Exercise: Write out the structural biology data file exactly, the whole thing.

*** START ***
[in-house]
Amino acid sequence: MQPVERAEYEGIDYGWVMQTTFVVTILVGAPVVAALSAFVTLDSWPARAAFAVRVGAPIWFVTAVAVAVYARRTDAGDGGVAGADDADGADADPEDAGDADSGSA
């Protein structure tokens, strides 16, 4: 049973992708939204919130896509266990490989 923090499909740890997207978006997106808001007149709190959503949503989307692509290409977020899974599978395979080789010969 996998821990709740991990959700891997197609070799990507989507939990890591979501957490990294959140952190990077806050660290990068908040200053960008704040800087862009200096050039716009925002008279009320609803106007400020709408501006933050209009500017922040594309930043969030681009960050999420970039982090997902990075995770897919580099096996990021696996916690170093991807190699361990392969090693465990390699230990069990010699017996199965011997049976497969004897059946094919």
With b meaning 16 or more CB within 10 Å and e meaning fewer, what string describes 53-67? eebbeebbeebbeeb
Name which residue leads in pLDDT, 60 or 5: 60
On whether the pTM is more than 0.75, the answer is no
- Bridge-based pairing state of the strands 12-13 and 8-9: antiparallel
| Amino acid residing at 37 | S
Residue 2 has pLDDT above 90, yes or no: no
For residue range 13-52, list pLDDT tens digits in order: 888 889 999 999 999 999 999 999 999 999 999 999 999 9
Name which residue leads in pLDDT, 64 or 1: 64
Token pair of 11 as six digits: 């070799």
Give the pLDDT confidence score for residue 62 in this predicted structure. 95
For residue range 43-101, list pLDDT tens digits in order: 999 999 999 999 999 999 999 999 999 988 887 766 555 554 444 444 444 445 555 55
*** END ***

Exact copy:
[in-house]
Amino acid sequence: MQPVERAEYEGIDYGWVMQTTFVVTILVGAPVVAALSAFVTLDSWPARAAFAVRVGAPIWFVTAVAVAVYARRTDAGDGGVAGADDADGADADPEDAGDADSGSA
């Protein structure tokens, strides 16, 4: 049973992708939204919130896509266990490989 923090499909740890997207978006997106808001007149709190959503949503989307692509290409977020899974599978395979080789010969 996998821990709740991990959700891997197609070799990507989507939990890591979501957490990294959140952190990077806050660290990068908040200053960008704040800087862009200096050039716009925002008279009320609803106007400020709408501006933050209009500017922040594309930043969030681009960050999420970039982090997902990075995770897919580099096996990021696996916690170093991807190699361990392969090693465990390699230990069990010699017996199965011997049976497969004897059946094919």
With b meaning 16 or more CB within 10 Å and e meaning fewer, what string describes 53-67? eebbeebbeebbeeb
Name which residue leads in pLDDT, 60 or 5: 60
On whether the pTM is more than 0.75, the answer is no
- Bridge-based pairing state of the strands 12-13 and 8-9: antiparallel
| Amino acid residing at 37 | S
Residue 2 has pLDDT above 90, yes or no: no
For residue range 13-52, list pLDDT tens digits in order: 888 889 999 999 999 999 999 999 999 999 999 999 999 9
Name which residue leads in pLDDT, 64 or 1: 64
Token pair of 11 as six digits: 């070799």
Give the pLDDT confidence score for residue 62 in this predicted structure. 95
For residue range 43-101, list pLDDT tens digits in order: 999 999 999 999 999 999 999 999 999 988 887 766 555 554 444 444 444 445 555 55